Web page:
4) Problems with capsulorhexis or hydrodissection: Everyone, regardless of experience can encounter problems with these steps. Failure to properly complete these preliminary maneuvers greatly complicates the ensuing phaco step. An inadvertent radial tear during capsulorhexis may result because of poor technique, chamber shallowing, loose zonules, poor visualization, or patient movement. A radial tear may also be created by phacoing the capsulotomy edge. A capsulorhexis is more difficult to achieve with poor visualization of the red reflex (e.g. mature nuclei, anterior cortical spokes, hazy cornea), shallow anterior chambers (e.g. very narrow angles), increased capsule elasticity (e.g. pediatric cataracts) or psuedo-elasticity (e.g. loose zonules). A capsulorhexis renders the capsular bag very resistant to tearing. Like an elastic waistband, a capsulorrhexis stretches with forces such as cracking, without tearing. A single radial tear is precarious because all of the stress placed upon the capsule is transmitted to that single weak point. Enough stress will cause an anterior radial tear to extend around the equator into the posterior capsule. Nuclear cracking stretches the capsulotomy and is particularly risky with a single radial tear. Non-stop phaco chop eliminates the need for this step, and is the technique of choice when a radial tear has developed. Hydrodissection to enable rotation of the nucleus is a prerequisite for safe cracking techniques. However, it may not be possible to rotate a very soft nucleus, or a nucleus in a patient with loose zonules. Phaco chop can “slice” the initial wedges of nucleus for removal without the need for rotation. These pie-shaped wedges can then be tumbled out using the chopping instrument. Conclusion:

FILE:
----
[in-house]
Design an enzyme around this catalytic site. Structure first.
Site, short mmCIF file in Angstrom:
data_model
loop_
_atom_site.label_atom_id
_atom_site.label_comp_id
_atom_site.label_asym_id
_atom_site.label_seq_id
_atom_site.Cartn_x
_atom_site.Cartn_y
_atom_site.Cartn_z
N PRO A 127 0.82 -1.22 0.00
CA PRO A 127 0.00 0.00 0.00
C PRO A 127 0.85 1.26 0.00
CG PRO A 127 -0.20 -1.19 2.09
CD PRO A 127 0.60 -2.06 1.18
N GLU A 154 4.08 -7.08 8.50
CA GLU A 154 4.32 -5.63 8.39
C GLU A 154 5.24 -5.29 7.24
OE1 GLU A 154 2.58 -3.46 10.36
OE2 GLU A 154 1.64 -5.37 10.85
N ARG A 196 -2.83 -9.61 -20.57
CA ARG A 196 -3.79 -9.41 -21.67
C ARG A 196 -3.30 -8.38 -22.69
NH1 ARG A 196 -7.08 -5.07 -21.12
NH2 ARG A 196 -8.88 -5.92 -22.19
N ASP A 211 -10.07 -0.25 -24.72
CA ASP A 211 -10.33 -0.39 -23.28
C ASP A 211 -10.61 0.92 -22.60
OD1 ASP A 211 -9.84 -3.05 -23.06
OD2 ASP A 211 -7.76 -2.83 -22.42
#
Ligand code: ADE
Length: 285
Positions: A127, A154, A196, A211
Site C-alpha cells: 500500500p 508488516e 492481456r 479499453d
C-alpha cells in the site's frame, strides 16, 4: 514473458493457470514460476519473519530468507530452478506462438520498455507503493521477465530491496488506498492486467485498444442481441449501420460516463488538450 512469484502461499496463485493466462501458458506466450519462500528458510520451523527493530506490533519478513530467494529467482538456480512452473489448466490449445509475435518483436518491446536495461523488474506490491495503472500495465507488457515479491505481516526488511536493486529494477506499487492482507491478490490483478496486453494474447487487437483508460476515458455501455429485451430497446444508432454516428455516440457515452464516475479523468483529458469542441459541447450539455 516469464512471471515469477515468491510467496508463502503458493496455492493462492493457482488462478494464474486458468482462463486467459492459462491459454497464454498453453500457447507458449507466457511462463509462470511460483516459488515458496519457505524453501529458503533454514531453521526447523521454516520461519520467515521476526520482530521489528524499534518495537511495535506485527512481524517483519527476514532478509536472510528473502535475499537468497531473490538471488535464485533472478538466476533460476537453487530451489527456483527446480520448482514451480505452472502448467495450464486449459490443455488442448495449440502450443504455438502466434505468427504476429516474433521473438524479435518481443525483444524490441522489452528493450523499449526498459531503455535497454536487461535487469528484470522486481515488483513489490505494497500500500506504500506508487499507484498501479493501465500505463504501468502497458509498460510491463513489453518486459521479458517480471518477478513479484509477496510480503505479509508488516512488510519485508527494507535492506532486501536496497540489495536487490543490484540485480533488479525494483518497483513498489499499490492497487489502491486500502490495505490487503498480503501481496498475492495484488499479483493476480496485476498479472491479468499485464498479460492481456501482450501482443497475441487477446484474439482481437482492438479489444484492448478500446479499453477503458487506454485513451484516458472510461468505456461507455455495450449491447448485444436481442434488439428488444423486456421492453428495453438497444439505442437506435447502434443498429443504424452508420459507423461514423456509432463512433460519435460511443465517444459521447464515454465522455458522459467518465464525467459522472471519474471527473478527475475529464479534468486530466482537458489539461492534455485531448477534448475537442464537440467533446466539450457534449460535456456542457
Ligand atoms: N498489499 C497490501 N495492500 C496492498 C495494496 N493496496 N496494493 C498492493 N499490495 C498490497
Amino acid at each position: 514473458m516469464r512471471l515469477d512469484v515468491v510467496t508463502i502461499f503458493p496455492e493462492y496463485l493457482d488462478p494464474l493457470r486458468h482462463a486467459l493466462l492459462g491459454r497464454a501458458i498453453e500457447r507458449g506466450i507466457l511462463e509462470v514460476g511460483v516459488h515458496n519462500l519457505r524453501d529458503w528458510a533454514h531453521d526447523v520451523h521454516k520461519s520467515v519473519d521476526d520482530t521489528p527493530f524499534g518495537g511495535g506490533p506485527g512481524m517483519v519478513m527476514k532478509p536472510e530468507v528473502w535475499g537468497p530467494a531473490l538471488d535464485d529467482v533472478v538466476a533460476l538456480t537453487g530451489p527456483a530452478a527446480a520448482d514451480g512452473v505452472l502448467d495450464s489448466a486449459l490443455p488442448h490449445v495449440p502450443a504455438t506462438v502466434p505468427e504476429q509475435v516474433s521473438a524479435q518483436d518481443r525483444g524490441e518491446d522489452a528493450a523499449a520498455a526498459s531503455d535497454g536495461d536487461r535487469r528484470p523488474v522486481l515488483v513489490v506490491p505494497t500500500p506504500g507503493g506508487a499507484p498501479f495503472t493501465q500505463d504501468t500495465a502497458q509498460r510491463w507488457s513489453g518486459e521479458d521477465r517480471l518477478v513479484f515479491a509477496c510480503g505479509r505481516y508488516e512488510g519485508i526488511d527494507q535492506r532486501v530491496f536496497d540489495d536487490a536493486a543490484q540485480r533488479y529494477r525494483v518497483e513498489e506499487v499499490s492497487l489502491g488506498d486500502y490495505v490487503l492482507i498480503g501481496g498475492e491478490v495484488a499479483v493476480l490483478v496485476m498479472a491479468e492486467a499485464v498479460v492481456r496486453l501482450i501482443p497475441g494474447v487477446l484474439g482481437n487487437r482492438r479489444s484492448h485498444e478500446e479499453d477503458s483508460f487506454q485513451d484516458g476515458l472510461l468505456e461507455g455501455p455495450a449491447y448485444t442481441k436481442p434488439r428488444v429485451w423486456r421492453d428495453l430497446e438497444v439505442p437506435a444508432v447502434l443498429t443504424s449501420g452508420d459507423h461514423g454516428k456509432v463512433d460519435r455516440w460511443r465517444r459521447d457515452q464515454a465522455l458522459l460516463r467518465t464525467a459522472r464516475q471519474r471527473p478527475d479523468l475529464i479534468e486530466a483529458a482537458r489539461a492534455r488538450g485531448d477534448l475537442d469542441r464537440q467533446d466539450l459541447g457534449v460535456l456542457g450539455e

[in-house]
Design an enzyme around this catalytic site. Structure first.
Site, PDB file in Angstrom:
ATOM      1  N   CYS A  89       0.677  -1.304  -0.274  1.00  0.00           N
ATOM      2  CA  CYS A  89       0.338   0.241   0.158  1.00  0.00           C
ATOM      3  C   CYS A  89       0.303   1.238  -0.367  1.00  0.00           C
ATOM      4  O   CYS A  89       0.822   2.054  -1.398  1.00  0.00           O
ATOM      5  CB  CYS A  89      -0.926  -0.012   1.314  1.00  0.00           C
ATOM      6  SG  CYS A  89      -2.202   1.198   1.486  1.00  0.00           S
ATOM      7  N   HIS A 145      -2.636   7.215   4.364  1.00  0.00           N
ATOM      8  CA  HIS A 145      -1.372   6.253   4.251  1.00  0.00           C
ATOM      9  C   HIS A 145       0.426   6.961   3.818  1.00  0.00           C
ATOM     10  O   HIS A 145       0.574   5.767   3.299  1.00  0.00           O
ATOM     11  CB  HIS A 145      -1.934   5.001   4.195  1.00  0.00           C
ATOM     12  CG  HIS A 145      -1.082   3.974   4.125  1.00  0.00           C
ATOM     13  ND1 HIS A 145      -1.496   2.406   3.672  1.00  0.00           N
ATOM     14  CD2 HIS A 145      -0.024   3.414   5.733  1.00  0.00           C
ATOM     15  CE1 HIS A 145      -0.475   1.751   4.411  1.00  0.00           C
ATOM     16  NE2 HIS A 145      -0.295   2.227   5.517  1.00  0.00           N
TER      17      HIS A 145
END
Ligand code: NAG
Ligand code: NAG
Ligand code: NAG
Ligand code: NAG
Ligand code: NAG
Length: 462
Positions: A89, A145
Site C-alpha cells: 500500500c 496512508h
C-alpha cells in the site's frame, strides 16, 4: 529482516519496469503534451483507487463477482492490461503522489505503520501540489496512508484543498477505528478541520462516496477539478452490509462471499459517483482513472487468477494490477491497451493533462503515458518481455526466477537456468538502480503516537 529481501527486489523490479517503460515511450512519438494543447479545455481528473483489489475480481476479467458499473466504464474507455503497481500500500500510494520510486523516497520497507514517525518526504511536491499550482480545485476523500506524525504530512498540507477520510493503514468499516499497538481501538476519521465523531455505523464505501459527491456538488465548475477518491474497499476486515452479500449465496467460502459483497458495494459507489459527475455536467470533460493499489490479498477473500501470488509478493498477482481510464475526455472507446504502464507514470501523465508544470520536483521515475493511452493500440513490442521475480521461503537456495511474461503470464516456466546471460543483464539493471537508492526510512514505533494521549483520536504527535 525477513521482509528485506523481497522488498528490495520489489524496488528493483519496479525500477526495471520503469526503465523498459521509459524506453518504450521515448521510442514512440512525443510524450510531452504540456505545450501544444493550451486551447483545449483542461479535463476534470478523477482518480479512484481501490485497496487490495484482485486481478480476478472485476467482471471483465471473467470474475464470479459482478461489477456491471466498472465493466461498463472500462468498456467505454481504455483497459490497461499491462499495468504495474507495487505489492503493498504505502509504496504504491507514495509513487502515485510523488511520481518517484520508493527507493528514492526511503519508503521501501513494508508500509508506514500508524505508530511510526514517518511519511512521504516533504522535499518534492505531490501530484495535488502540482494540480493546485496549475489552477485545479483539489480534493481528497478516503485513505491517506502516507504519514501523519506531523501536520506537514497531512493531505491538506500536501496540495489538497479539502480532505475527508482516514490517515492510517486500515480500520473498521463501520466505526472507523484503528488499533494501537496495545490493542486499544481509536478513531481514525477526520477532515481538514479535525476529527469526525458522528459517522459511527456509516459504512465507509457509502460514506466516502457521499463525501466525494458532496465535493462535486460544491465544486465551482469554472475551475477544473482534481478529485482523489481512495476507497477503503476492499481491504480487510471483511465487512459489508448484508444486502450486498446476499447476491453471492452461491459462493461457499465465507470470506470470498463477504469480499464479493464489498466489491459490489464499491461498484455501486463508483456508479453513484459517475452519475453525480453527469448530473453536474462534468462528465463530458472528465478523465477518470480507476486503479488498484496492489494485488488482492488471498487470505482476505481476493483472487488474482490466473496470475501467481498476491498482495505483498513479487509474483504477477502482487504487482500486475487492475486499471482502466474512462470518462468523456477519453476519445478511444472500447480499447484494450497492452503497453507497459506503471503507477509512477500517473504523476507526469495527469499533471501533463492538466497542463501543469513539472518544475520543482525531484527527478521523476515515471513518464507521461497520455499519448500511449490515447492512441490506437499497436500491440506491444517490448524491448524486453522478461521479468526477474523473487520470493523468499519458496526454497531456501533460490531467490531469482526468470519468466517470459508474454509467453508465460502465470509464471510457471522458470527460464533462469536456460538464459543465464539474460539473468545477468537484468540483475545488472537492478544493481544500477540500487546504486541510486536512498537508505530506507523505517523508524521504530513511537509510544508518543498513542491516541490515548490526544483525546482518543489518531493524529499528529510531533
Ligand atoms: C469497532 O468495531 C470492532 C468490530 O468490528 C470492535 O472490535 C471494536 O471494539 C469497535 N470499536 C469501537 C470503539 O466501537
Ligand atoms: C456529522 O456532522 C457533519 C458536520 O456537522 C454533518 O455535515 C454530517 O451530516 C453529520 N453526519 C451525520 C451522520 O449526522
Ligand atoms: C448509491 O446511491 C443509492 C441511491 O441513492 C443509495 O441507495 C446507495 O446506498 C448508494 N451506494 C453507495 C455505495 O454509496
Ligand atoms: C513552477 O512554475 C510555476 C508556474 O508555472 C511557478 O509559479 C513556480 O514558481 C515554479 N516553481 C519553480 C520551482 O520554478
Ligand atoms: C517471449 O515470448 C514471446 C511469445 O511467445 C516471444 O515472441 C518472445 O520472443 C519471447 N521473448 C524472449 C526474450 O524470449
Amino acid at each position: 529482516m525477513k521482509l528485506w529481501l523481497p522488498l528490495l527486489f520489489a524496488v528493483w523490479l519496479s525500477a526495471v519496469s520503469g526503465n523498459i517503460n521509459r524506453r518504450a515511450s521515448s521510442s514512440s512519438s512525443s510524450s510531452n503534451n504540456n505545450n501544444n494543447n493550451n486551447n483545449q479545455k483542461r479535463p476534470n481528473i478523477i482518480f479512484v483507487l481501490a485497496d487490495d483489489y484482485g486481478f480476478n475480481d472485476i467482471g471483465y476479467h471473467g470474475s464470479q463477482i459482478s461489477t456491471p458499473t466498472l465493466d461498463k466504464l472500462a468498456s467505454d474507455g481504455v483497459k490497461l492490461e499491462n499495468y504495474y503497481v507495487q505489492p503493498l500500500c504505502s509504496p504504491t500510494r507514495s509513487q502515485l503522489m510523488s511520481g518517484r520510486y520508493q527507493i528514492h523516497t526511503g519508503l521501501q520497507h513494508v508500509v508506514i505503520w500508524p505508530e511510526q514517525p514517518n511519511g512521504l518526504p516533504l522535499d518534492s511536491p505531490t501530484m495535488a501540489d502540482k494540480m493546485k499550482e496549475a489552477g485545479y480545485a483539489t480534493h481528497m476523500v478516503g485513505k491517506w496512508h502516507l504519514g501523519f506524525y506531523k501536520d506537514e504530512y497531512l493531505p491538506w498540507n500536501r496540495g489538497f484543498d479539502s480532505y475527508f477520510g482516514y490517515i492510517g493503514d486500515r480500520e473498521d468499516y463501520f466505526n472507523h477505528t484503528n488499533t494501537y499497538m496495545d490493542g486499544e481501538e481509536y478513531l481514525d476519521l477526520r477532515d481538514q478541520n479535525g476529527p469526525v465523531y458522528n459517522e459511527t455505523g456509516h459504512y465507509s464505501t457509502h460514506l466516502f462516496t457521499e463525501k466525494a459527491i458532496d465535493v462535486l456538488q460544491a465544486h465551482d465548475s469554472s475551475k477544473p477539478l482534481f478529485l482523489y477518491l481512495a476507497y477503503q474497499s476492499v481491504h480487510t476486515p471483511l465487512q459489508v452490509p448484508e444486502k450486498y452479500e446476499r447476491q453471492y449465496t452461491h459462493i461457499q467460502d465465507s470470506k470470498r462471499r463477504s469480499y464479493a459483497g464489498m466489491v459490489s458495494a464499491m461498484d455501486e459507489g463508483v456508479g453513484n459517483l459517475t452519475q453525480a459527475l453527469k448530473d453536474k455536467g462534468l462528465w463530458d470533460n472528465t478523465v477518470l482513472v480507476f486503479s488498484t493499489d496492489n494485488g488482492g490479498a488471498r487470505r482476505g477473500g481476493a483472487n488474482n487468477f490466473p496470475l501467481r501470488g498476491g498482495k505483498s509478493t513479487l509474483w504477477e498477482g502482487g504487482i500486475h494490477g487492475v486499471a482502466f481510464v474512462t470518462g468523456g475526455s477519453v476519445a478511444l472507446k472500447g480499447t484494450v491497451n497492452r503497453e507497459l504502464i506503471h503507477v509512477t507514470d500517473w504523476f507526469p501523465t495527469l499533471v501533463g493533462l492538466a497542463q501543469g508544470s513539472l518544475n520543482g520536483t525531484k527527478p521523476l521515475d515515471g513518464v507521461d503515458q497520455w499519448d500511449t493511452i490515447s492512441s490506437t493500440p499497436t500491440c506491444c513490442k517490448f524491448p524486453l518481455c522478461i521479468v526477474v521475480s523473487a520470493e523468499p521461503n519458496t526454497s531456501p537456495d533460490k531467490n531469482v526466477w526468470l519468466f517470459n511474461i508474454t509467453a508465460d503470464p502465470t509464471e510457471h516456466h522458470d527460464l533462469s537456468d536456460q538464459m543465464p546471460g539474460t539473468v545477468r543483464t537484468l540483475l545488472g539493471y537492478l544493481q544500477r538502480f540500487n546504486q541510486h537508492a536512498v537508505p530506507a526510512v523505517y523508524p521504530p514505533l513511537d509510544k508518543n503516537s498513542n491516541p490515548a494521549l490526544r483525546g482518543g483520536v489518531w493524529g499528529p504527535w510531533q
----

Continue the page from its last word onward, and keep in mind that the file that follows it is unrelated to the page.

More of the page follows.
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Nuclear cracking and phaco chop are both excellent techniques for routine phaco cases. “Non-stop” phaco chop provides the additional benefits of: (1) less phaco time and energy (2) less stress on the zonules and capsule (3) allowing the phaco tip to remain in the central 3-mm of the pupil. (4) a kinesthetic technique with less reliance on visualization of the phaco tip’s depth Phaco chop is therefore of particular advantage in complicated cases that carry increased risk of posterior capsule rupture or corneal decompensation. This is the primary benefit of mastering this technique.